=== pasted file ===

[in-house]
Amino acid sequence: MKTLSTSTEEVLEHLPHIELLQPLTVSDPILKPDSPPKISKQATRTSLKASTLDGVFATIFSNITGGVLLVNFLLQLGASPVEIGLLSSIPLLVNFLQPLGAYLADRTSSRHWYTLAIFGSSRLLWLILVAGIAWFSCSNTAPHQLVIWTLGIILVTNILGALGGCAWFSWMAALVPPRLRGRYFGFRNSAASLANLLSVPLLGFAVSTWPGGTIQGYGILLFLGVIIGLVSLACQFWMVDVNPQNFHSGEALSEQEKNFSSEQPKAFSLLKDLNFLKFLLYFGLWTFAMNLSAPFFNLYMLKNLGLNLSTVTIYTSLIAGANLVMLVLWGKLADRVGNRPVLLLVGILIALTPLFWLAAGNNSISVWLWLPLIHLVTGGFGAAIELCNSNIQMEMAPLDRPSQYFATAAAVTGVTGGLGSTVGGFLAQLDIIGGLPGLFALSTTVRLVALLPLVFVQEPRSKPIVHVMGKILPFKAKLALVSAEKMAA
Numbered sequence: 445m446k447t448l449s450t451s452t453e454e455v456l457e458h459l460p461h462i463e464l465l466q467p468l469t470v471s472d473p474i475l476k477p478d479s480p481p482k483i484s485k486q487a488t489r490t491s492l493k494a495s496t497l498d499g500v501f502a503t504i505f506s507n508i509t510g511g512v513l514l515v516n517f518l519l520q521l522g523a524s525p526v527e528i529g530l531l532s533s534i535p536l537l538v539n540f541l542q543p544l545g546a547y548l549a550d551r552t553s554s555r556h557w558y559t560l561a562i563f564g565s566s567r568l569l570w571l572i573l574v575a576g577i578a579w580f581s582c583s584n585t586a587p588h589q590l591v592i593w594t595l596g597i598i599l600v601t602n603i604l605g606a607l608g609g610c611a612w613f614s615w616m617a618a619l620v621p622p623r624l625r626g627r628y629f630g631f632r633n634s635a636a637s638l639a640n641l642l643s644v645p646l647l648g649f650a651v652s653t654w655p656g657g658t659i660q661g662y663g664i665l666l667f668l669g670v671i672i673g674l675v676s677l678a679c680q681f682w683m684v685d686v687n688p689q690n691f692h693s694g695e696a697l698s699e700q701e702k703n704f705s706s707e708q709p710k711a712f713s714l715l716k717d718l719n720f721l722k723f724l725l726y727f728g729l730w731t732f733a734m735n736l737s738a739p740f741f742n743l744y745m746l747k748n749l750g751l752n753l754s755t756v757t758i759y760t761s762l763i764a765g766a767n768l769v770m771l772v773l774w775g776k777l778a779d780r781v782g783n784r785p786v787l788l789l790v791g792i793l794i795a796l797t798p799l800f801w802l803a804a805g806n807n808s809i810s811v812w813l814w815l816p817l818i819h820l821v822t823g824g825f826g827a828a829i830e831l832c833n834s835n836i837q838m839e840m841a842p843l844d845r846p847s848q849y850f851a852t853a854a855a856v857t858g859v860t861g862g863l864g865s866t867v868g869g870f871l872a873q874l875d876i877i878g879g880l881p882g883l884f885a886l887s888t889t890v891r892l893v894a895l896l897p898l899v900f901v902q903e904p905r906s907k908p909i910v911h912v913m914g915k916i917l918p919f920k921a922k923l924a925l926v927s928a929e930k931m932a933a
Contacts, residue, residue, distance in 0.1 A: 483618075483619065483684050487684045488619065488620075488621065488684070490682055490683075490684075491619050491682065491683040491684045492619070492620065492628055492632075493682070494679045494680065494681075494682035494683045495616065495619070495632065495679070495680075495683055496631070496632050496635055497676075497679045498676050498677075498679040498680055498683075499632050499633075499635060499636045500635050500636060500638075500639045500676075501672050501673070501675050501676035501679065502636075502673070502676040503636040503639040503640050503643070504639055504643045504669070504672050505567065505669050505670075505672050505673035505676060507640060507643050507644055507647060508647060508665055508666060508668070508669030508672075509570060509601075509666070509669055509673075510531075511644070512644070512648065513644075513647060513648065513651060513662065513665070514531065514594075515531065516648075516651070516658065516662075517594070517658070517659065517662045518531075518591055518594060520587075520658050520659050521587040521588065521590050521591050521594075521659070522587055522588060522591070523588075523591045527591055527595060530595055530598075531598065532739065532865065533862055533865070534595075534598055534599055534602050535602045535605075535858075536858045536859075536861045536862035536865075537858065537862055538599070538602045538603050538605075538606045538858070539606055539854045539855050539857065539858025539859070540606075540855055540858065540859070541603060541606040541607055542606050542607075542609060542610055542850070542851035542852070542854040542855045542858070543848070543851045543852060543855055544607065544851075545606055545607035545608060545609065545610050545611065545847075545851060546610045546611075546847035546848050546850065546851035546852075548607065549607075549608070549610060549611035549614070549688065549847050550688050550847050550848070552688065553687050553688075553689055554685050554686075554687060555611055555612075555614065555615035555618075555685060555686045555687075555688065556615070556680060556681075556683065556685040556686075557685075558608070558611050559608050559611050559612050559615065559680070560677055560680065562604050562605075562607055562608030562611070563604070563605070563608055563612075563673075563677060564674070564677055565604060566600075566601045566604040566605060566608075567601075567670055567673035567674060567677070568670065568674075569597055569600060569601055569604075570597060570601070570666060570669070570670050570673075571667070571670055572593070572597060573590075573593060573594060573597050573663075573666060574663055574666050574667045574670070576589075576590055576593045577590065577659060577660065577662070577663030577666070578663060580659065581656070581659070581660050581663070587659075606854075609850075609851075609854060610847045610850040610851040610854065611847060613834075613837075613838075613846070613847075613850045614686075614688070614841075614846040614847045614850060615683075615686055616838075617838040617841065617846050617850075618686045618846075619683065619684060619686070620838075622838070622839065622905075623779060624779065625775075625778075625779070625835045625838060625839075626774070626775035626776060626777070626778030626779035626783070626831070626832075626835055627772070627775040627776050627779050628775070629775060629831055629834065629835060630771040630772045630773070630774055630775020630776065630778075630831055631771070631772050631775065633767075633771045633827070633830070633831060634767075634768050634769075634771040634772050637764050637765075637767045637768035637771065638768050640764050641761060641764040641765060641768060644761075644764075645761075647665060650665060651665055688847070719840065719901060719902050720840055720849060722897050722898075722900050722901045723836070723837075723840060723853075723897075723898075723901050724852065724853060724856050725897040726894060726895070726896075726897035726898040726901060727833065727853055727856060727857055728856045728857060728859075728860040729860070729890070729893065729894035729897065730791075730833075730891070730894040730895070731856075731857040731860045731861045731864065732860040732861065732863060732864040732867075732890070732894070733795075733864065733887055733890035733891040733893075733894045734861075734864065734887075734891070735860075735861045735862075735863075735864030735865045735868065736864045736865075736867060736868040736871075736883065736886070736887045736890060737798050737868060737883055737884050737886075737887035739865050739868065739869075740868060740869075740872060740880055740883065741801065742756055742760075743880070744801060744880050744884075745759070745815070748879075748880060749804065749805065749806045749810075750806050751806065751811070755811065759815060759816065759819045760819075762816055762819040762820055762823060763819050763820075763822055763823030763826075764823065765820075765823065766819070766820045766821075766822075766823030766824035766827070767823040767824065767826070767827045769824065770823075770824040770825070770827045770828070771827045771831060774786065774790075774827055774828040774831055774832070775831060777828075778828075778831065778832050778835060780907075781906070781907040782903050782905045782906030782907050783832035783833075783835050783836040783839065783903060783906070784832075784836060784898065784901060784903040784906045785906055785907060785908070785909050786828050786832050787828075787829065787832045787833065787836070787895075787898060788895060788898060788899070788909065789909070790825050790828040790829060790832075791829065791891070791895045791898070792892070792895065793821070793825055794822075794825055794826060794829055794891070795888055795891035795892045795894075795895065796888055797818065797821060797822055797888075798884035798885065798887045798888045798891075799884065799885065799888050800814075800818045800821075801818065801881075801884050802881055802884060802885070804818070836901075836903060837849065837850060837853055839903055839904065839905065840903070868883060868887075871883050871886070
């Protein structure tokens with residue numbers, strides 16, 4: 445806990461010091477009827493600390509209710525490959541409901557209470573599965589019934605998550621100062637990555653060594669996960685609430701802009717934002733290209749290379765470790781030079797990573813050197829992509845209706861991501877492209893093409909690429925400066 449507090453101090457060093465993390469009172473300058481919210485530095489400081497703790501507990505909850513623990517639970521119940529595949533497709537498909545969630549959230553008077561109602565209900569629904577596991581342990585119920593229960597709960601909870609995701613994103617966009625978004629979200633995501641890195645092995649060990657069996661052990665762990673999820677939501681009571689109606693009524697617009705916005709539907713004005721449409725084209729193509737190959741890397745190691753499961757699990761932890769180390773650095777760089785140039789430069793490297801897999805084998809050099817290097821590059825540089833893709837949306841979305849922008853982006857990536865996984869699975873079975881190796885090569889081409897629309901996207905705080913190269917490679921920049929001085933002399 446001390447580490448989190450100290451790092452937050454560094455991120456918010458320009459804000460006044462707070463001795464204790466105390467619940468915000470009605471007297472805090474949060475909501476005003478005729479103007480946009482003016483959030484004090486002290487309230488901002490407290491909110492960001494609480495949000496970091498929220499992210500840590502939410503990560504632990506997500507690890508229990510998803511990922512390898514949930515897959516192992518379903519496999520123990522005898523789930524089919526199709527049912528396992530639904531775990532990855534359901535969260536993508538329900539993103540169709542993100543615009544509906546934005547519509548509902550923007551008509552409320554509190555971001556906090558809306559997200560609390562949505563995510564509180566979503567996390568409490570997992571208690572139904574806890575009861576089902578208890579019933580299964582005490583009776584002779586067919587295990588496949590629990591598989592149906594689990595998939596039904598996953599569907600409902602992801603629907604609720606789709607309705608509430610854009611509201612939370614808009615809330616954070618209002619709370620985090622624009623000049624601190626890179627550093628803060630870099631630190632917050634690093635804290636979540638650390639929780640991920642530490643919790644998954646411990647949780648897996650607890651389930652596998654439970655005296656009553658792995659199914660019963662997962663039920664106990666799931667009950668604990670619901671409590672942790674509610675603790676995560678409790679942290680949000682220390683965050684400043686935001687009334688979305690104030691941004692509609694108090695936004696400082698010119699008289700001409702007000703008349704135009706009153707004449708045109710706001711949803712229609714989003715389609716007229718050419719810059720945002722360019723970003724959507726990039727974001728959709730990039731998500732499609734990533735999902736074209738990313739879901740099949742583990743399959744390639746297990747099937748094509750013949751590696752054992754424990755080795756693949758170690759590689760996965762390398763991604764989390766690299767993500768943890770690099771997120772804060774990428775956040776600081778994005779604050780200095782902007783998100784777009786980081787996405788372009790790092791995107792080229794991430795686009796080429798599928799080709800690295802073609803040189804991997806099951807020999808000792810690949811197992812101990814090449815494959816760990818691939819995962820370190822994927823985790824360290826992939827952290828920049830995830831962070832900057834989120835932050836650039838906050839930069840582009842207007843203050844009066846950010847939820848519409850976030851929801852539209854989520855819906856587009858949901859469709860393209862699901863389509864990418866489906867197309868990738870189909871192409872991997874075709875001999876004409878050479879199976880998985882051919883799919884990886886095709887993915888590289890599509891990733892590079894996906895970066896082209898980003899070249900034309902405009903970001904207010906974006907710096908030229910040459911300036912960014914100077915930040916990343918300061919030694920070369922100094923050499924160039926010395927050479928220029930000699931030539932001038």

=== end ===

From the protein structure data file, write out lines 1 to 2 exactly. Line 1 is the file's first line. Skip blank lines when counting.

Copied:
[in-house]
Amino acid sequence: MKTLSTSTEEVLEHLPHIELLQPLTVSDPILKPDSPPKISKQATRTSLKASTLDGVFATIFSNITGGVLLVNFLLQLGASPVEIGLLSSIPLLVNFLQPLGAYLADRTSSRHWYTLAIFGSSRLLWLILVAGIAWFSCSNTAPHQLVIWTLGIILVTNILGALGGCAWFSWMAALVPPRLRGRYFGFRNSAASLANLLSVPLLGFAVSTWPGGTIQGYGILLFLGVIIGLVSLACQFWMVDVNPQNFHSGEALSEQEKNFSSEQPKAFSLLKDLNFLKFLLYFGLWTFAMNLSAPFFNLYMLKNLGLNLSTVTIYTSLIAGANLVMLVLWGKLADRVGNRPVLLLVGILIALTPLFWLAAGNNSISVWLWLPLIHLVTGGFGAAIELCNSNIQMEMAPLDRPSQYFATAAAVTGVTGGLGSTVGGFLAQLDIIGGLPGLFALSTTVRLVALLPLVFVQEPRSKPIVHVMGKILPFKAKLALVSAEKMAA